5 Languages of Love: Why Affection & Quality Time are so Important.

I recently stumbled across a book I have had in my collection for quite some time now: Gary Chapman’s, The Five Love Languages.

In his book, Mr. Chapman breaks down how most people feel, identify, and relate to love. He was able to break these into five main categories. He assesses that if we identify our primary love language and that of our partner, that we may learn to better communicate our love and affection in the manner the person desires for a more meaningful relationship.

“Love is a universal way humans speak to one another. From a very early age, we show and receive love from the people in our lives. The love we receive (or lack thereof) and how it is expressed helps to shape us into the people we become as adults. Individuals that grow up without love and security typically grow up to have serious mental health, behavioral, interpersonal, and/or personality issues later in life. Love, truly is one of the most important aspects of a healthy, happy, life.

Although we know love is critical, we don’t always know how to express it. Further, we don’t always know how to express it in a way that the person receiving it, knows that our intentions stem from a place of love. Some of the conflict with this too is due to the fact that we, ourselves, don’t always know what makes us feel most loved and/or how others can show us love. Expressing and receiving love is another form of communication in itself. We all respond to different forms of communication differently. What works for some, may not work for others. Thankfully, Dr. Gary Chapman has developed The Five Love Languages an easy way to breakdown how we each can communicate love to one another in a language that the receiver can understand.” ~ Nina Shadi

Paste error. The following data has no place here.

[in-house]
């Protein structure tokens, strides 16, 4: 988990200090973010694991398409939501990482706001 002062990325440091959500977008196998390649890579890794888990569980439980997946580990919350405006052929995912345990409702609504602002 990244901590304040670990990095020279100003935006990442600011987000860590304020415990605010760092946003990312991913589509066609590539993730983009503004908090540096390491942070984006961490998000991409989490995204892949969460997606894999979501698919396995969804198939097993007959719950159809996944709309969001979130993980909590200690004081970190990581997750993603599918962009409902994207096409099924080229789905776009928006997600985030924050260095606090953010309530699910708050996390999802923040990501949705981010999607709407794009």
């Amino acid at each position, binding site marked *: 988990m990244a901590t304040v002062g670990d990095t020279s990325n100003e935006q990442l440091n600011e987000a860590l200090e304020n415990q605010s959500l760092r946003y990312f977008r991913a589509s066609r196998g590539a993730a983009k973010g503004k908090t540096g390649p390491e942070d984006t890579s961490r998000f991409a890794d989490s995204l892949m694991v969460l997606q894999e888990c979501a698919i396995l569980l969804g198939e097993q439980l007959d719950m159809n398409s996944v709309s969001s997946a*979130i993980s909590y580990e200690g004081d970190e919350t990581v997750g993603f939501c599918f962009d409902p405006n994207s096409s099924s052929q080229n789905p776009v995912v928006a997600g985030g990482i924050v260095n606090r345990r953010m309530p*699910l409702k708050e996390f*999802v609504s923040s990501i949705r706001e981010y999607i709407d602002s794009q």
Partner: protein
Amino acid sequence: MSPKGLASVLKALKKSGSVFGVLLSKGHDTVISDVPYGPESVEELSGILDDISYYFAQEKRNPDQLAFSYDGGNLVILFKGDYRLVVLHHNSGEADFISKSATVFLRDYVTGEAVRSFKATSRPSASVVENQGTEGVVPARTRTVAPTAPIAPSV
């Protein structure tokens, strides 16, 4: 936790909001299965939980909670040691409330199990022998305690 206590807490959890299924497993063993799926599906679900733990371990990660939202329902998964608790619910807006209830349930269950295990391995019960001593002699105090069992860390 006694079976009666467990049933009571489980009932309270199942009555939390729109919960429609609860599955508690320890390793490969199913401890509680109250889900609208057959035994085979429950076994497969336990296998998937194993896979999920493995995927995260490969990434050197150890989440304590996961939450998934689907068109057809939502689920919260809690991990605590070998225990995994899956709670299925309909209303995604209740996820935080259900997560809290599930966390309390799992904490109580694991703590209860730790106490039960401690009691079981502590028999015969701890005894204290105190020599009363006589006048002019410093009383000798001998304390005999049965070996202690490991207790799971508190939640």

I would say, we’ve all had at least one relationship (or possibly several) where we felt we just didn’t “speak the same language” as our partners. Somehow, despite all the best intentions, our messages crossed or never seemed to land on understanding. Misunderstandings, miscommunication, and hurt feelings built up until the relationship was forced to end, not because of a lack of love, but because we and/or our partners were not feeling loved.

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Author: Mary Rogers

Editor: Cat Beekmans

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